AS PEOPLE across the UK wake up to the news of a general election on December 12, MPs and activists have already begun talking up their parties' chances.

On Tuesday night, MPs voted in favour of the December 12 general election 438 to 20; a majority of 418; after rejecting a Labour amendment to hold it three days earlier.

On BBC Radio 4's Today programme, senior Labour backbencher Ben Bradshaw said his party would do better in the election than some may think, and said Labour would be "totally united" as candidates and MPs.

Members of the party had been divided over whether a second EU referendum, or a general election, would be the best course of action to pursue.

"The reason that we thought the referendum was the best way is a democratic reason," Mr Bradshaw said. "In a binary issue like Brexit, the only way of resolving that with democratic legitimacy is to hold another referendum and Labour is the only party offering that now in the general election.

"That's why you have to vote Labour if you want to stop Brexit."

Laura Parker, national co-ordinator for the Labour grassroots movement Momentum, was asked on the Today programme if she would be giving advice on voting tactically.

She said: "We will be advising all of our members to get out there and campaign for Labour, wherever they are in the country.

"It's only a Labour government that will both end this Tory Brexit madness and end austerity and help us rebuild Britain."

Meanwhile, in the Conservative camp, prime minister Boris Johnson has restored the party whip to 10 of the 21 MPs who voted to block a no-deal Brexit.

One of those MPs re-admitted to the Tory party, Ed Vaizey, was asked what he had to do to be welcomed back.

South Wales Argus: Ed Vaizey, Conservative MP for Wantage.Ed Vaizey, Conservative MP for Wantage.

He told the Today Programme: "Well the way I put it is, I had an argument with the prime minister about no deal, and I voted against him to try and get no deal off the table.

"But I have voted with the Government ever since."

He said this was not a case of him "sucking up to the prime minister and trying to get the whip back", but because he did not have arguments with him about his deal or timetable for his deal.

"So I suspect that is why I've got the whip back and others haven't," he said.

One of those former Tory MPs who have not been restored to the party is Dominic Grieve, who said he assumed the Tories would put a candidate up against him in his constituency of Beaconsfield (Buckinghamshire).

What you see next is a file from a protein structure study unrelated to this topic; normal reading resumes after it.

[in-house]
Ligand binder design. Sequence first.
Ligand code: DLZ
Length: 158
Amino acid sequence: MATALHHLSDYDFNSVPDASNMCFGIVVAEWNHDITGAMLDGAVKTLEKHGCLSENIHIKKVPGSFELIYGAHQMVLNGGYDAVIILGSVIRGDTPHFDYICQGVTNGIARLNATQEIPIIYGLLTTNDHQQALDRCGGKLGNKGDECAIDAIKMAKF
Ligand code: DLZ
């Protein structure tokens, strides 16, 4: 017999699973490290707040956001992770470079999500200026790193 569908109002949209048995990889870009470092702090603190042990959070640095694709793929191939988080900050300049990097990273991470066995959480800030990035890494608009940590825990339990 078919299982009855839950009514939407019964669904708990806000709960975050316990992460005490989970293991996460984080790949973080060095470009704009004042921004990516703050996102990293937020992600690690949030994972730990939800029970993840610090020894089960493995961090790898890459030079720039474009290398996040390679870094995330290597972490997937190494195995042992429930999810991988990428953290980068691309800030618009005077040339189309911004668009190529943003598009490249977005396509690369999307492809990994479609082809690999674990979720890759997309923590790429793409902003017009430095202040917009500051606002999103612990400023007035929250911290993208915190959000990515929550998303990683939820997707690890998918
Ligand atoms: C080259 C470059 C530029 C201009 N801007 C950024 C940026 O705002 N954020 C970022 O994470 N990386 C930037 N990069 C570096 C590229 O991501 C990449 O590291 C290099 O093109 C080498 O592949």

South Wales Argus: Dominic Grieve, Independent MP for Beaconsfield. Picture: Anita Ross MarshallDominic Grieve, Independent MP for Beaconsfield. Picture: Anita Ross Marshall

Mr Grieve told the Today programme: "I will run as an independent. I've made that decision. I have no idea what the outcome will be.

"Logically, I probably ought to lose. It's a very safe Conservative seat.

"And if normal loyalties prevail then a Conservative candidate will be elected against me.

"But I think my constituents are entitled to a choice."

The Liberal Democrats are campaigning on a staunch anti-Brexit platform.

Party leader Jo Swinson said the Lib Dems' "stop Brexit" message was resonating with people who voted 'Remain' in the 2016 EU referendum.

South Wales Argus: Jo Swinson, Liberal Democrat leader and MP for East Dunbartonshire. Picture: Jonathan Brady/PA WireJo Swinson, Liberal Democrat leader and MP for East Dunbartonshire. Picture: Jonathan Brady/PA Wire

"People recognise our consistency and standing up for what we believe in," she told the Today programme, adding: "I don't think that the choice that we are being offered between Boris Johnson and Jeremy Corbyn is anywhere near good enough.

"Neither of those men are fit to lead our country and be prime minister.

"And I know there are millions of people out there who are longing for a positive alternative that is looking to the future."

Ms Swinson said polling showed the Lib Dems were "within a small swing" of winning "hundreds of seats".